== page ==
At the end of the 19th century, there were quite a few voices speaking up about what was wrong with it. We are going through a similar shake out now and the story line is simple — the 20th century drive to ultimate efficiency levels made institutions too rigid and unable to adapt to changing circumstances.
If you are interested in the longer version of this story, check out Greg Satell’s post for Forbes. He tells the story well.
But if the 20th century was too inflexible, how do we get more flexible? We do this by empowering individuals to see more clearly what changes or adaptions are needed and how to bring them about. This is why “empowerment” is such an important word these days.
But there is a hitch. You cannot just willy nilly empower everyone to do whatever they want to. That is called chaos. The empowerment has to be around a shared vision. Gen McChrystal’s efforts in Iraq were based on this idea (see link for the story or buy hi sbook)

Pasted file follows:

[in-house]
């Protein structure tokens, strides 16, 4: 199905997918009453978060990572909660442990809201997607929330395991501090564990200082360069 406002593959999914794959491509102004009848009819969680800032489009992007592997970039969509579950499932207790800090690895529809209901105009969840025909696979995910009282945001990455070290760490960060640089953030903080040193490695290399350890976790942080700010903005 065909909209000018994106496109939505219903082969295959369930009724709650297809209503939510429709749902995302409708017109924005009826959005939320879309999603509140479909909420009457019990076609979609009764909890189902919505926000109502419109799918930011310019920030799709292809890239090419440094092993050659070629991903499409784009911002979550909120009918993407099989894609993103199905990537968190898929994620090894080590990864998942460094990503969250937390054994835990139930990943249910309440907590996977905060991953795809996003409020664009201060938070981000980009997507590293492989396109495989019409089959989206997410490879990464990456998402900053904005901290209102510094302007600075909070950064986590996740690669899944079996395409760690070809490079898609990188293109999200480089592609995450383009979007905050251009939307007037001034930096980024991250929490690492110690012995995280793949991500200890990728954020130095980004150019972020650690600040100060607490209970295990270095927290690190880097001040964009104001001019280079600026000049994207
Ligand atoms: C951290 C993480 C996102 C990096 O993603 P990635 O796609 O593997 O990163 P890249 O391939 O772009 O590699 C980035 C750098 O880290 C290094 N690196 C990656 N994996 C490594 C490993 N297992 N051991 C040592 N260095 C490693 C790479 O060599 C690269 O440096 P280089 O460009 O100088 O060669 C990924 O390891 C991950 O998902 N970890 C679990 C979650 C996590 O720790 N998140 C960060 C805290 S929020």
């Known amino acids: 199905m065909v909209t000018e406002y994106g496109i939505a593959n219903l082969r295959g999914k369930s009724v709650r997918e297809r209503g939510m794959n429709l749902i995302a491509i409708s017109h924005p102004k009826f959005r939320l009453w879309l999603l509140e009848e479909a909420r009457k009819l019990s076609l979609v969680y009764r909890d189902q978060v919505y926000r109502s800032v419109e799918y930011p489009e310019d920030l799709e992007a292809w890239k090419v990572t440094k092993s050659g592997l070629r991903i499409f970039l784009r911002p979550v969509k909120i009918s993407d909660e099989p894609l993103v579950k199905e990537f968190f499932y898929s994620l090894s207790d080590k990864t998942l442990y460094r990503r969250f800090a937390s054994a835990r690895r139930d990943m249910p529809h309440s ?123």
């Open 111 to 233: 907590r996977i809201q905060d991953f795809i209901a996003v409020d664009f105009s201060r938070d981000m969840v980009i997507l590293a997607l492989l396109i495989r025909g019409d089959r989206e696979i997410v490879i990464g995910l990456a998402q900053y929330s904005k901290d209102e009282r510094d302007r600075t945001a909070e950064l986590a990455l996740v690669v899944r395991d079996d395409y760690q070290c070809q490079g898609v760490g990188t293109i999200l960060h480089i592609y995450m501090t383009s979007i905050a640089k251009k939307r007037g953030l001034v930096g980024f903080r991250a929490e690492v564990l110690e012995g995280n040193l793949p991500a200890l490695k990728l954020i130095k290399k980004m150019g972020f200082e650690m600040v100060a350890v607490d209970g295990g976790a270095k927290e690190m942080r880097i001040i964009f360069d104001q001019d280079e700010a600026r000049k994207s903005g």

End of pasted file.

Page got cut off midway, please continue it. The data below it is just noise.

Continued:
It was that shared sense of purpose that enabled (McChrystal) to empower his forces on the ground. But as the General stresses, the order is important. As he writes, “an organization should empower its people, but only after it has done the heavy lifting of creating shared consciousness.” That’s how he transformed his command into a “team of teams” and prevailed.
Right! So how do you developed a “shared consciousness”? There are two elements to this. The first is creating the consciousness to be shared. The second is persuading folks to take it over (to help them see it).
So, after me clas
- create consciousness
- sell consciousness so that is shared
- empower folks to act on the shared ocnsicousness
Got that? Great! Have a great 21st century!